Thursday, January 12, 2006

The New Red, White and Blue - New York Times

The New Red, White and Blue - New York Times

Friedman hits it on the head again...

What's so disturbing about President Bush and Dick Cheney is that they talk tough about the necessity of invading Iraq, torturing terror suspects and engaging in domestic spying - all to defend our way of life and promote democracy around the globe.

But when it comes to what is actually the most important issue in U.S. foreign and domestic policy today - making ourselves energy efficient and independent, and environmentally green - they ridicule it as something only liberals, tree-huggers and sissies believe is possible or necessary.

Sorry, but being green, focusing the nation on greater energy efficiency and conservation, is not some girlie-man issue. It is actually the most tough-minded, geostrategic, pro-growth and patriotic thing we can do.
The biggest threat to America and its values today is not communism, authoritarianism or Islamism. It's petrolism. Petrolism is my term for the corrupting, antidemocratic governing practices - in oil states from Russia to Nigeria and Iran...

In petrolist states like Russia, Iran, Venezuela and Sudan, people get rich by being in government and sucking the treasury dry - so they never want to cede power. In non-petrolist states, like Taiwan, Singapore and Korea, people get rich by staying outside government and building real businesses.
No matter what happens in Iraq, we cannot dry up the swamps of authoritarianism and violent Islamism in the Middle East without also drying up our consumption of oil - thereby bringing down the price of crude. A democratization policy in the Middle East without a different energy policy at home is a waste of time, money and, most important, the lives of our young people.
That's because there is a huge difference in what these bad regimes can do with $20-a-barrel oil compared with the current $60-a-barrel oil. It is no accident that the reform era in Russia under Boris Yeltsin, and in Iran under Mohammad Khatami, coincided with low oil prices. When prices soared again, petrolist authoritarians in both societies reasserted themselves.

We need a president and a Congress with the guts not just to invade Iraq, but to also impose a gasoline tax and inspire conservation at home. That takes a real energy policy with long-term incentives for renewable energy - wind, solar, biofuels - rather than the welfare-for-oil-companies-and-special-interests that masqueraded last year as an energy bill.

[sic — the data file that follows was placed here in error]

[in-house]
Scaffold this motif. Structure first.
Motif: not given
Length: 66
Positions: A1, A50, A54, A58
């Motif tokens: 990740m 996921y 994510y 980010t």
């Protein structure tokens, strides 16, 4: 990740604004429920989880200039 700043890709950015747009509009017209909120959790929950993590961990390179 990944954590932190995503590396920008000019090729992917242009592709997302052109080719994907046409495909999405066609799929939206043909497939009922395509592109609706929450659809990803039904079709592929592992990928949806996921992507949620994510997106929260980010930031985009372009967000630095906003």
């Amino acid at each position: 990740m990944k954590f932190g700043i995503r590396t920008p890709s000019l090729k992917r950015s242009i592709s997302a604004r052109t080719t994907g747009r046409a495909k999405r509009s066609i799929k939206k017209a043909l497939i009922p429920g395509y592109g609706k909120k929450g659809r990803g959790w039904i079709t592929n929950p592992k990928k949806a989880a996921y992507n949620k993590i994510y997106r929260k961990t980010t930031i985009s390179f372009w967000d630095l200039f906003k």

I couldn't have said it better myself.


Intellectual Insurgent said...

Friedman has been offering a great deal of clarity lately.

Croaky said...

Good post.

I'm not sure I quite understand Friedman's definition of "petrolism," but I do agree that the "oil problem" is a Top Five problem when it comes to issues facing America, and it is probably near the top of the list. Perhaps I am being nitpicky, but I didn't think his inclusion of "authoritarianism" as less important was a prudent choice. It seems like many of the worst problems in the world right now: terrorism, AIDS in Africa, energy and the environment, and educational inequality are all related in one way or another to exclusion of the average individual. "Authoritarianism" can apply from anything to a too-powerful government (Saudi Arabia or even America, as some would argue) to too-concentrated industries like the current media as well as the technology industry (Microsoft) as of just a few years ago.

I liked what Friedman was saying about the incentives not being there for people not wanting to cede power due to their economic, and in this case, oil interests. But I think that is just the current example of authoritarianism.

The more power and ownership individuals have over their world as well as the more individuals that have that power, the better the social and economic results will be. I look at open source software in this way. I look at democracy in this way. I look at the freedoms of free speech, free assembly, free protest that way.

Reign of Reason said...

I agree croaky... I think Freidman's petrolism and authoritarianism go hand-in-hand: one just being a very specific case of the other…

As for freedoms – I also couldn’t agree more. However I do feel there is a role for government: as a safety net.

Capitalism and free markets necessarily create winners and losers. Losers aren’t necessarily ‘lazy’ – so people need a safety net to help them get back in the game. There are also a ton of other factors that go into free markets (e.g. – access to education, $$$, etc.)

Of course, the pendulum can swing too far and we can foster ‘laziness’. However, trying to level the economic and social playing ground should be one of the functions of government.